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Very Strange Servo Interaction

Old 12-01-2014, 09:37 PM
  #1  
kyleservicetech
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Default Very Strange Servo Interaction

I've put together a TwinStar with a pair of Hyperion motors, Hyperion ESC's and Spektrum radio.


The receiver is on top of the wing, and extensions were made to plug into the elevator and rudder servos. The servos are a mix of various brands, including a Futaba S9202 for the elevator servo. This setup was tested around the workshop, and out in the traffic circle in front of our home. The temperature was in the mid 60 degrees F. No problems were noted.

Yesterday, the maiden flights were made. The temperature outside was 33 degrees F. The first flight went OK. Before the second flight, the elevator servo was very erratic. The servo overshot its travel and hunted a bit before settling down. I plugged in the servo directly to the Spekie AR6210-x receiver, and all was OK. Two more flights were made.

At home, this setup was connected to my Tektronix oscilloscope to take a look at what was going on. Normally, the receiver servo signal output is a repeating pulse of 3 Volts DC, 1.5 milliseconds wide, and repeating at around 20 Hertz or so.

It was quite apparent that this issue was temperature sensitive, as the erratic elevator servo never happened in my workshop.

The elevator servo signal was full of a lot of "overshooting" where when the signal went to zero volts, it undershot zero volts by about 3/4 volt DC. The receiver was exchanged with a Spekie AR600-x servo, and similar problems were noted. Installing a Spektrum AR7000 receiver eliminated the overshooting, and resolved the problem.

That "Overshooting" was definitely caused by the Futaba S9202 servo. No other servos, including a standard Futaba S3003, S3004, and various Hitec servos had the problem.

I only have one of these Futaba S9202 servos, so don't know if its a bad servo or what. That servo works just fine with shorter servo leads.

So, is there a compatibility issue between the S9202 servo and Spektrum AR 600 and AR6210 receivers? Hard to tell with only one servo sample. But, a word to the wise.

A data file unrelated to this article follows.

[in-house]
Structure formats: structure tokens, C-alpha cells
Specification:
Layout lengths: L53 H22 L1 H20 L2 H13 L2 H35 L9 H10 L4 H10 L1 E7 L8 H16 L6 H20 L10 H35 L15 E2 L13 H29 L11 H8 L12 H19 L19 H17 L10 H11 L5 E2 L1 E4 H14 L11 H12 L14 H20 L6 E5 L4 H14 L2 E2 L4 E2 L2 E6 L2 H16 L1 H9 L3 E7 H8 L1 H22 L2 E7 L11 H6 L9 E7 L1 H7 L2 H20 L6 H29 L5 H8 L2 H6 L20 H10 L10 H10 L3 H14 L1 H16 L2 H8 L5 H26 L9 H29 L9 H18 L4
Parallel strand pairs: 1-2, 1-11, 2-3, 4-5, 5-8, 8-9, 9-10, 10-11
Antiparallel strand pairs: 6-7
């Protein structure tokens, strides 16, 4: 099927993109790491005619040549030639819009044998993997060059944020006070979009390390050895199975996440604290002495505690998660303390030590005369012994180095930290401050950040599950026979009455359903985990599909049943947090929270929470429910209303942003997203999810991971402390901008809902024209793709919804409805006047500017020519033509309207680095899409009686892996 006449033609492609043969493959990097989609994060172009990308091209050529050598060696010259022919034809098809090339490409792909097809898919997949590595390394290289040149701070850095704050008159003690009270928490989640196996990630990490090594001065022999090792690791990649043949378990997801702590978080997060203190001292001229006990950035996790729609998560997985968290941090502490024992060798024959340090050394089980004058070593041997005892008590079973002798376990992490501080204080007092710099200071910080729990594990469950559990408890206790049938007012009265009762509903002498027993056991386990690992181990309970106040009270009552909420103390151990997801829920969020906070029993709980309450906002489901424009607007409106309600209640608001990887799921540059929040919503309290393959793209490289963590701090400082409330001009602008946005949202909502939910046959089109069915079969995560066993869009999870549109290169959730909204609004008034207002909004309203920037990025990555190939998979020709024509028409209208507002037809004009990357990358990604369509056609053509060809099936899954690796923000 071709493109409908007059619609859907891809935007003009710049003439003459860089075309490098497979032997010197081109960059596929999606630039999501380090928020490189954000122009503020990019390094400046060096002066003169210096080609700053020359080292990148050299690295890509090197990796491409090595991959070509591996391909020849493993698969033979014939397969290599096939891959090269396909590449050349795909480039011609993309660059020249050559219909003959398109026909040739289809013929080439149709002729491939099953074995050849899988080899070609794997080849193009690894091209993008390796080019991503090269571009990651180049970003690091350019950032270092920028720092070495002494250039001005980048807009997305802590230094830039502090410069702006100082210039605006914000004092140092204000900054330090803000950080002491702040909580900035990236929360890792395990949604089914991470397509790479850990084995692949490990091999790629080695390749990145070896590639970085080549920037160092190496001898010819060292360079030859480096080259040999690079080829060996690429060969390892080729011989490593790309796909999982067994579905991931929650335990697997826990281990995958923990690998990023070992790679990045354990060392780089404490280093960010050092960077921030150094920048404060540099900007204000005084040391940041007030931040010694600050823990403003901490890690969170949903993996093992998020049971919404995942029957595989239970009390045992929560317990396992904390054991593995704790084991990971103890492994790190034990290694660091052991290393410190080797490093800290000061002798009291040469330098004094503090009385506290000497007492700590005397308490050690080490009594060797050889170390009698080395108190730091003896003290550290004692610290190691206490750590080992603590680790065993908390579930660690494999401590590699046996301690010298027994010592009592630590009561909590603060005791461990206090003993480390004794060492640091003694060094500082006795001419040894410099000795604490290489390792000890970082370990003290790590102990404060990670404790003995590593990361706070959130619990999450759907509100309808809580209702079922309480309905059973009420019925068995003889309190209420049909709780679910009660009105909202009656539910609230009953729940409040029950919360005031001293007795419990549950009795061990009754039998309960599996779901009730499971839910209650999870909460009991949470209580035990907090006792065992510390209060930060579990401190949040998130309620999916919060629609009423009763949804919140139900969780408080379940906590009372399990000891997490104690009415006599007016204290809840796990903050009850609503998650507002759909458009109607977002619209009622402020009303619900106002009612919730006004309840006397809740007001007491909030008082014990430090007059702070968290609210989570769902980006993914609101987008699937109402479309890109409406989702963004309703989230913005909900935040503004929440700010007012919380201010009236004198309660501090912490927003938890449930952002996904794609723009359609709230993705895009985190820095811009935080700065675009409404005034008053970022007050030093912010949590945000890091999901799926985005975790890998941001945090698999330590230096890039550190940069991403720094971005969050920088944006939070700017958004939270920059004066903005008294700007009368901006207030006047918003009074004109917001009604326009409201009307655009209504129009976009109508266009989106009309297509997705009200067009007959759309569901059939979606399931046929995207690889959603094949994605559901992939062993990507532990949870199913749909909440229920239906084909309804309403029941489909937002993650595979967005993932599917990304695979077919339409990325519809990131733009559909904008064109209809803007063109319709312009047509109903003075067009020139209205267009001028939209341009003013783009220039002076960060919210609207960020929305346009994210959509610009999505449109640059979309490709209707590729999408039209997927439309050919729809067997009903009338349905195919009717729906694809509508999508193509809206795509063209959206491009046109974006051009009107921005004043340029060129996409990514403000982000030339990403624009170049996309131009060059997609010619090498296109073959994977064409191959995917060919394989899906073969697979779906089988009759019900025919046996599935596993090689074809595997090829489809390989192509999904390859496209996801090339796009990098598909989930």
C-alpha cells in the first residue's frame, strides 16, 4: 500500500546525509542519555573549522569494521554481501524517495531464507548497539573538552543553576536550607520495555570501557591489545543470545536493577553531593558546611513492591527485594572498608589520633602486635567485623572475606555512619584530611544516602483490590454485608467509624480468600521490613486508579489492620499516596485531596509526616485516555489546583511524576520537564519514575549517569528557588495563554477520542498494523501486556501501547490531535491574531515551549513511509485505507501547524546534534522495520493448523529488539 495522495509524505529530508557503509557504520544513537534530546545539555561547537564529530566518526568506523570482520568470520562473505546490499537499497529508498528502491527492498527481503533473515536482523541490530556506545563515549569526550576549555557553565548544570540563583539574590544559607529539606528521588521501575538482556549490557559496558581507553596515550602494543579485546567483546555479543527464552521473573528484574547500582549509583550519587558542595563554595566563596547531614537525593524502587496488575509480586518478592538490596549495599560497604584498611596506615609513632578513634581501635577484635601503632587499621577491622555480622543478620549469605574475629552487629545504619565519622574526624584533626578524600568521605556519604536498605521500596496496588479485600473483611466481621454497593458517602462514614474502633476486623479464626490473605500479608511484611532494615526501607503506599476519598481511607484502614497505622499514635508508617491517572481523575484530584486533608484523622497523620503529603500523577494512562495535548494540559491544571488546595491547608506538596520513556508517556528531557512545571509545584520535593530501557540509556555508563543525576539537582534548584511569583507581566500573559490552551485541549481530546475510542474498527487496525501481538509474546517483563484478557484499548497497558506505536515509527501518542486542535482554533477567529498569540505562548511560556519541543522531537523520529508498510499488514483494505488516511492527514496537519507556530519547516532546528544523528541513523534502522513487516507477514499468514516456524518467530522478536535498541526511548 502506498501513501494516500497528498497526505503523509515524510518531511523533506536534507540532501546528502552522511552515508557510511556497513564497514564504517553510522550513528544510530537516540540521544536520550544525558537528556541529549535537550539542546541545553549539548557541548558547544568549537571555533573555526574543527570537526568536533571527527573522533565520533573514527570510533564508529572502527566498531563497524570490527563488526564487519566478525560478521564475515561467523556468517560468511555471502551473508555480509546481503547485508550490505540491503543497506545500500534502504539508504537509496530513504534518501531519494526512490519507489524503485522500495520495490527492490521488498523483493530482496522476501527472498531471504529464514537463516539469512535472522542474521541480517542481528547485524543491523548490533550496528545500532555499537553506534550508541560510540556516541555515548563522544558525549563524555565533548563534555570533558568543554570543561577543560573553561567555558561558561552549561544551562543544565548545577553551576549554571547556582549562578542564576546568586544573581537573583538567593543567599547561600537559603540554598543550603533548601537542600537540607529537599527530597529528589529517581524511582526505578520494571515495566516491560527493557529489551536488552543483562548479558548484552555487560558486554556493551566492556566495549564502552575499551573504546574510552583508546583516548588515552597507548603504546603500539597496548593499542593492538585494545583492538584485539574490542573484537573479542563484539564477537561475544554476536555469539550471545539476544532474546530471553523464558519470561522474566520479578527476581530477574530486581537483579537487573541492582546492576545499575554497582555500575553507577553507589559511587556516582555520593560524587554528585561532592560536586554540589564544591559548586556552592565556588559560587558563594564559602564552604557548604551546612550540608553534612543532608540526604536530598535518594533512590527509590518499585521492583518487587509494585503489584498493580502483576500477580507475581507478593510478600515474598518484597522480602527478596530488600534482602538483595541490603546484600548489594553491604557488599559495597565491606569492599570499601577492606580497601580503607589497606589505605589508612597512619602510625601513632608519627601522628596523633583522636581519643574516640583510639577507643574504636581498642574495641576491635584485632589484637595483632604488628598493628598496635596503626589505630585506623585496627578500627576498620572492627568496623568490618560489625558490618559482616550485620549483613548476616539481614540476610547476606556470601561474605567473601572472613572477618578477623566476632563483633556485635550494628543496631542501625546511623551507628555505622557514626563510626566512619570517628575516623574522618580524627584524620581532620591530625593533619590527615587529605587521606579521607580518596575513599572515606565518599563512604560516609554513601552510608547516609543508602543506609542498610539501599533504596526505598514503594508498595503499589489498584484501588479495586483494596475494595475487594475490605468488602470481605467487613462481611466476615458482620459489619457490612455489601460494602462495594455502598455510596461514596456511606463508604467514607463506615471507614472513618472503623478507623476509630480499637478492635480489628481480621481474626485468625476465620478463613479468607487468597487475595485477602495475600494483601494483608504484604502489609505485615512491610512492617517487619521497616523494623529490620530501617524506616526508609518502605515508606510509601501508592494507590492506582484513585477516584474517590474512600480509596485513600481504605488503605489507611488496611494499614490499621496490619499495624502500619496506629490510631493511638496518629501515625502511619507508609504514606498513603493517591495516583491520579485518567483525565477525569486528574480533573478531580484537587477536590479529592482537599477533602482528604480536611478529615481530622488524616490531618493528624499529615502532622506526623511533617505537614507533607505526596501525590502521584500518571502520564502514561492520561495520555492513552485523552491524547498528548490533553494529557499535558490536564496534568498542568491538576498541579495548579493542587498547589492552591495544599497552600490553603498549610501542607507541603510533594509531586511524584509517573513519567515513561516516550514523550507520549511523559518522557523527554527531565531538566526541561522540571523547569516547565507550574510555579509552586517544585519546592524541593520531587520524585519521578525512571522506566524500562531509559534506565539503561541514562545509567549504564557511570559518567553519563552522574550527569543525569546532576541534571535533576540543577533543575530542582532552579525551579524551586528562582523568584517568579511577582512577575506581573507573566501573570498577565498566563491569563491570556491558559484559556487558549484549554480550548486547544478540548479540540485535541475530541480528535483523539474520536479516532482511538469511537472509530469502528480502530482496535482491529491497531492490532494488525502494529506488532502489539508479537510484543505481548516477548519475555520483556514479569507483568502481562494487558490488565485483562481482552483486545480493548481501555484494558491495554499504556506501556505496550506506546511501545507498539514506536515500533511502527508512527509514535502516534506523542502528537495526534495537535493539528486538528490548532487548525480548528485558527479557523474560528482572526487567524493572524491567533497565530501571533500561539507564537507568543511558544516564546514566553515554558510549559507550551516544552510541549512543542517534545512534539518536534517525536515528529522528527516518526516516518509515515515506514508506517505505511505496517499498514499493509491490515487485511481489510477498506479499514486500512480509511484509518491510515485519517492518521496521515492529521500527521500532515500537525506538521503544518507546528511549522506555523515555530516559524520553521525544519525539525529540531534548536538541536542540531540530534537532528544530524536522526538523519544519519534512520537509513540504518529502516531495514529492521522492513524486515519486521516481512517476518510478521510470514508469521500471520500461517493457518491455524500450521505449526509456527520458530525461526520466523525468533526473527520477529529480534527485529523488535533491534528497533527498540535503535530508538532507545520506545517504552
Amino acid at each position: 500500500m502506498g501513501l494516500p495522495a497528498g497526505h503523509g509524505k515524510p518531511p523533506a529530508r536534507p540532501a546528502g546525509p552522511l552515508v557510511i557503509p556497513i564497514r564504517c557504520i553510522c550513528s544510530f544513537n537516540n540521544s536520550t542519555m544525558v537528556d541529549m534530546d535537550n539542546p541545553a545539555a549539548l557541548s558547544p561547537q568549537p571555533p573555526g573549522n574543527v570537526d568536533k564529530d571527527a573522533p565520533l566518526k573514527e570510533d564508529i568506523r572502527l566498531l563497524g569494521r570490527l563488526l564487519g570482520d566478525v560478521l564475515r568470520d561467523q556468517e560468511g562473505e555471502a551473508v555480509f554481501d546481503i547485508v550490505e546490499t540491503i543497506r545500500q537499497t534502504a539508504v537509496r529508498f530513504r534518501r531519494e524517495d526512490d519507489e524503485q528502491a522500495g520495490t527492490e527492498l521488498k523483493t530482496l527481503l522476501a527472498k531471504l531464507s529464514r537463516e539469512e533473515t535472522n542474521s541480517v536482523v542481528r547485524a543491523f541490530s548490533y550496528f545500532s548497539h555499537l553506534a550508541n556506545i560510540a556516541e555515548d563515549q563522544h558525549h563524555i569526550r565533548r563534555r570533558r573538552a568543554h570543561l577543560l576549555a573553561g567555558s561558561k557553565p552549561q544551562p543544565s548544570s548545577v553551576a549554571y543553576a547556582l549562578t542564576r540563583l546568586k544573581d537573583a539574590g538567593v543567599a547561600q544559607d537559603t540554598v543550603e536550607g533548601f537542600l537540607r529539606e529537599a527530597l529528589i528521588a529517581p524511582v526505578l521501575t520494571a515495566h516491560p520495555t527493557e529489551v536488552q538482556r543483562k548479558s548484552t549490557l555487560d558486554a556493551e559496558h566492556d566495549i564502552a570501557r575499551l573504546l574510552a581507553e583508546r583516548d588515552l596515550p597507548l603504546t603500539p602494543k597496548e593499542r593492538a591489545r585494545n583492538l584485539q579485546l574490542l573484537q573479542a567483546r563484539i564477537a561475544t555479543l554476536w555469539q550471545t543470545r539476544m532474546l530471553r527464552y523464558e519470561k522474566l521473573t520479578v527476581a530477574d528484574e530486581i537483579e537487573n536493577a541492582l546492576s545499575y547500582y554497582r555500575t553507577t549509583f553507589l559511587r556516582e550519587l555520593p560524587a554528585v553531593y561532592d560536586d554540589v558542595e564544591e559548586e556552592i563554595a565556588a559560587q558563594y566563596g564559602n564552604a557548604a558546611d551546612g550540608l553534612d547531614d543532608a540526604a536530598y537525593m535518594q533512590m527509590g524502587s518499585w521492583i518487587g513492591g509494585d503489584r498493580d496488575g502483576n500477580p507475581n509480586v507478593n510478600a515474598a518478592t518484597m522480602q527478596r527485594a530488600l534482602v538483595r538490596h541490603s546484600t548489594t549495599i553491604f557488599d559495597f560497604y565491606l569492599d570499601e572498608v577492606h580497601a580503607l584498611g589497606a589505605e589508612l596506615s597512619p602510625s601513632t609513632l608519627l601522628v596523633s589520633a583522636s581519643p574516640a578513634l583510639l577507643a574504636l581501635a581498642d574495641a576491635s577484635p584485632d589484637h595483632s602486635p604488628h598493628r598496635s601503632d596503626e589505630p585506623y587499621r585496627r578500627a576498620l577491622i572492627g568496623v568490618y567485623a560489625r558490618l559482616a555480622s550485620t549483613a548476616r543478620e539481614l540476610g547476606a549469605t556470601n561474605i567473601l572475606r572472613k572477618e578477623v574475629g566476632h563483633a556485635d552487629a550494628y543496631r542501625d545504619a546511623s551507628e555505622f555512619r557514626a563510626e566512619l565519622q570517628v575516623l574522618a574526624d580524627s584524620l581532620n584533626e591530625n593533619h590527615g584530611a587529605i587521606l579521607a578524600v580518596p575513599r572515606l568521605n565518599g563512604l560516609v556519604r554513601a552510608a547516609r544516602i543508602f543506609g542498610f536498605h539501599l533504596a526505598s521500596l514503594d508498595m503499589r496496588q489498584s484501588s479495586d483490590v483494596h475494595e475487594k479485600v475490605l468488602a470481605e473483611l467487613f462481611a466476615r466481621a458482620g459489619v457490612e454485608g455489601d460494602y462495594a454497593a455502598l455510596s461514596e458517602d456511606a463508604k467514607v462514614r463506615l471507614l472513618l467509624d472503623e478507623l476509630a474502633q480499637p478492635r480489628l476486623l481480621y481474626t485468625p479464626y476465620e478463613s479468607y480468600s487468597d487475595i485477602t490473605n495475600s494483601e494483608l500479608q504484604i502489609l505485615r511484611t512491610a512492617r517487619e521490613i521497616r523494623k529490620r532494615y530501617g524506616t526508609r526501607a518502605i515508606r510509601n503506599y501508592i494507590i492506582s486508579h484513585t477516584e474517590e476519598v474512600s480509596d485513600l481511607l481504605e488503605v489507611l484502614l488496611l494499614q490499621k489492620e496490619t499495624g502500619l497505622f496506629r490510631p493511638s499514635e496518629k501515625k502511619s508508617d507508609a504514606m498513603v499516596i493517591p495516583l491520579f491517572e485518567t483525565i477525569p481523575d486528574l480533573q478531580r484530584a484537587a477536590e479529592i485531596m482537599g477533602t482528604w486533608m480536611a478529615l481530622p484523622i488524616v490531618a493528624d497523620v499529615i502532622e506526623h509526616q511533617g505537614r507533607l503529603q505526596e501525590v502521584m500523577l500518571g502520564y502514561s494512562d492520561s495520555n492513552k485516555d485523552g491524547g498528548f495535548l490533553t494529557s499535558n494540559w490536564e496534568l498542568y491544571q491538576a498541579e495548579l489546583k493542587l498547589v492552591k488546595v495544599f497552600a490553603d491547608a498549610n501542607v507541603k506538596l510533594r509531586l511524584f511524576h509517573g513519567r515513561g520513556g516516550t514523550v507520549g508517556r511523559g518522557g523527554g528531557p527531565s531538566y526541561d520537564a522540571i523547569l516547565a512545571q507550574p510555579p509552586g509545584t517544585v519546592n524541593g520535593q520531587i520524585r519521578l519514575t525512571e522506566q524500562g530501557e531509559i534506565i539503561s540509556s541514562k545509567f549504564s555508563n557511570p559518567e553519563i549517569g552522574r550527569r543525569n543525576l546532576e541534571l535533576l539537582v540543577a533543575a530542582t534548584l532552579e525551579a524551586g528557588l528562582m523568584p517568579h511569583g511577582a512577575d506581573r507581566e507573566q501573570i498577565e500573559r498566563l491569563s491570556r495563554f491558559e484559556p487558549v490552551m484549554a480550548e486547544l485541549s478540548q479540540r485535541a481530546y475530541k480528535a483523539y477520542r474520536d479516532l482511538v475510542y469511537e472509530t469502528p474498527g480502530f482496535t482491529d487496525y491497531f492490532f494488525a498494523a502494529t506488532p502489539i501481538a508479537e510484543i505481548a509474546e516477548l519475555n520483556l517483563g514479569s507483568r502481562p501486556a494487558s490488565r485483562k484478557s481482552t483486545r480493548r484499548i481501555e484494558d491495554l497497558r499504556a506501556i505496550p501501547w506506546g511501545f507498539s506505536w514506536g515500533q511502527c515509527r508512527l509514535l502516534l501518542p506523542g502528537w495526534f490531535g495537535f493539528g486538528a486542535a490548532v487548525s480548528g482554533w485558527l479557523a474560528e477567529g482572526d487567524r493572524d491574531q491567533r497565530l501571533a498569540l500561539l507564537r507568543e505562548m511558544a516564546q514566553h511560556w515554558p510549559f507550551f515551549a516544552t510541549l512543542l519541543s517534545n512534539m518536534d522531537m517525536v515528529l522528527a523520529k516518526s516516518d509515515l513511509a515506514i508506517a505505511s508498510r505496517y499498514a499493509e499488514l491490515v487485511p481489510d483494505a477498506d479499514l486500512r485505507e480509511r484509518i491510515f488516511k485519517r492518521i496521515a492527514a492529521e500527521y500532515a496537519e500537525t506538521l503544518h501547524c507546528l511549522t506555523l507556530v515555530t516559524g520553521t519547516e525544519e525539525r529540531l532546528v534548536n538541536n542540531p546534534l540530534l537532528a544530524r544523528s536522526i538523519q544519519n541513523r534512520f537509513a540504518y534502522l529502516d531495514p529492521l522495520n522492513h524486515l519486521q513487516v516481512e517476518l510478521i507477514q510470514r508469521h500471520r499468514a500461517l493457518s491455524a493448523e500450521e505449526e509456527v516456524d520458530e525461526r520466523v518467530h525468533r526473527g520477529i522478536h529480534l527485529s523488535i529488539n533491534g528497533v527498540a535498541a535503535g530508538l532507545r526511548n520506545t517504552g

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Old 12-01-2014, 09:42 PM
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Bad extension or other contact issue between servo and RX will cause this.
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Old 12-01-2014, 10:07 PM
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Originally Posted by fhhuber View Post
Bad extension or other contact issue between servo and RX will cause this.
Yeah, the first thing I did was check contact resistance of my servo extensions with my Fluke 87V digital multimeter with its ability to measure resistance down to 0.01 Ohms.
http://www.amazon.com/Fluke-FLUKE-87.../dp/B0002YFD1K

All leads checked out at around 0.05 ohms, including the servo wires them selves. In my case, servo wires were eliminated from the possible causes.
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Old 12-02-2014, 12:01 AM
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Temperature dependent ... usually indicates a fault. Put the stuff in the fridge for a while then check it cold.

A bad resistor in the servo is a possibility. Cracked resistors can give the indications you described.
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Old 12-02-2014, 12:53 AM
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I can't understand where the voltage to undershoot zero came from. You have an odd one.

That Futaba servo is not a cheap one so it would be hard to just shelve the thing and forget about it. But yet if you know the problem is caused by it. I would have a hard time using it with confidence.

I have seen on large IMAC planes, that some guys used the little ferrite donut chokes on their long servo leads. Maybe that would have helped.

Along time ago, I mixed 3 and 4 wire servos and never had a problem. Some people told me that mix would absolutely not work. I just didn't tell my airplane, it flew just fine.
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Old 12-02-2014, 04:02 AM
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Originally Posted by Wildflyer View Post
I can't understand where the voltage to undershoot zero came from. You have an odd one.

That Futaba servo is not a cheap one so it would be hard to just shelve the thing and forget about it. But yet if you know the problem is caused by it. I would have a hard time using it with confidence.

I have seen on large IMAC planes, that some guys used the little ferrite donut chokes on their long servo leads. Maybe that would have helped.

Along time ago, I mixed 3 and 4 wire servos and never had a problem. Some people told me that mix would absolutely not work. I just didn't tell my airplane, it flew just fine.
Yeah, I've got a bunch of those toroid donuts that were used on some old brush type motors that worked well.

But in this case, the problem was all low frequency, not radio frequency.

After more testing, I suspect the servo was intermittently shorting out, synced with the servo pulse. I duplicated the voltage reversal on my scope with a 1.5 ohm power resistor stuck across the servo plus and minus connections.